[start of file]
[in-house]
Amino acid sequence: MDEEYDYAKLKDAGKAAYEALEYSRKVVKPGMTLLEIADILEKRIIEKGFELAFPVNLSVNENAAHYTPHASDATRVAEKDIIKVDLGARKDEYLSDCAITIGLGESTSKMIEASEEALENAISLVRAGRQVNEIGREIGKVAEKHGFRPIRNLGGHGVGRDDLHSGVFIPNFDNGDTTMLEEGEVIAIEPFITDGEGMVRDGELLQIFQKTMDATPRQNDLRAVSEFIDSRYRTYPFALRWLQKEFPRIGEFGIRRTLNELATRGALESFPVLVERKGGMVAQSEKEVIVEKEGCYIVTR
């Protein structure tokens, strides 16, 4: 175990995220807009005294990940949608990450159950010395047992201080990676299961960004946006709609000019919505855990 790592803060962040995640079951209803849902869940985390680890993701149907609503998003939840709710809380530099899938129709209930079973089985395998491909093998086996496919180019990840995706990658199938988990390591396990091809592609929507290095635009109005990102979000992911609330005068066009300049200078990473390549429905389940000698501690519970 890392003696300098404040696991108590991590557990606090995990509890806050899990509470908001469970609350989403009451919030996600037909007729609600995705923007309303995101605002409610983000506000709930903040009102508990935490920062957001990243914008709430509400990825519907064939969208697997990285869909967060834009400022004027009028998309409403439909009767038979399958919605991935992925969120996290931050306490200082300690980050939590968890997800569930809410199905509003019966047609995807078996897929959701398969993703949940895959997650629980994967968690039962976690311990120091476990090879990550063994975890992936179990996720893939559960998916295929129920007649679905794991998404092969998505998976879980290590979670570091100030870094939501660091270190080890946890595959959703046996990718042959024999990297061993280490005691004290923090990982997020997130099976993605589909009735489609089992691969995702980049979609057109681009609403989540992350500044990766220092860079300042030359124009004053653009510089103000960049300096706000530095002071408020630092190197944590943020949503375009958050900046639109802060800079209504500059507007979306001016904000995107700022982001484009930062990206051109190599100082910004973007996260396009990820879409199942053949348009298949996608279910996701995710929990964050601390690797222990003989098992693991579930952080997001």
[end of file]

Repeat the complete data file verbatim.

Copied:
[in-house]
Amino acid sequence: MDEEYDYAKLKDAGKAAYEALEYSRKVVKPGMTLLEIADILEKRIIEKGFELAFPVNLSVNENAAHYTPHASDATRVAEKDIIKVDLGARKDEYLSDCAITIGLGESTSKMIEASEEALENAISLVRAGRQVNEIGREIGKVAEKHGFRPIRNLGGHGVGRDDLHSGVFIPNFDNGDTTMLEEGEVIAIEPFITDGEGMVRDGELLQIFQKTMDATPRQNDLRAVSEFIDSRYRTYPFALRWLQKEFPRIGEFGIRRTLNELATRGALESFPVLVERKGGMVAQSEKEVIVEKEGCYIVTR
């Protein structure tokens, strides 16, 4: 175990995220807009005294990940949608990450159950010395047992201080990676299961960004946006709609000019919505855990 790592803060962040995640079951209803849902869940985390680890993701149907609503998003939840709710809380530099899938129709209930079973089985395998491909093998086996496919180019990840995706990658199938988990390591396990091809592609929507290095635009109005990102979000992911609330005068066009300049200078990473390549429905389940000698501690519970 890392003696300098404040696991108590991590557990606090995990509890806050899990509470908001469970609350989403009451919030996600037909007729609600995705923007309303995101605002409610983000506000709930903040009102508990935490920062957001990243914008709430509400990825519907064939969208697997990285869909967060834009400022004027009028998309409403439909009767038979399958919605991935992925969120996290931050306490200082300690980050939590968890997800569930809410199905509003019966047609995807078996897929959701398969993703949940895959997650629980994967968690039962976690311990120091476990090879990550063994975890992936179990996720893939559960998916295929129920007649679905794991998404092969998505998976879980290590979670570091100030870094939501660091270190080890946890595959959703046996990718042959024999990297061993280490005691004290923090990982997020997130099976993605589909009735489609089992691969995702980049979609057109681009609403989540992350500044990766220092860079300042030359124009004053653009510089103000960049300096706000530095002071408020630092190197944590943020949503375009958050900046639109802060800079209504500059507007979306001016904000995107700022982001484009930062990206051109190599100082910004973007996260396009990820879409199942053949348009298949996608279910996701995710929990964050601390690797222990003989098992693991579930952080997001």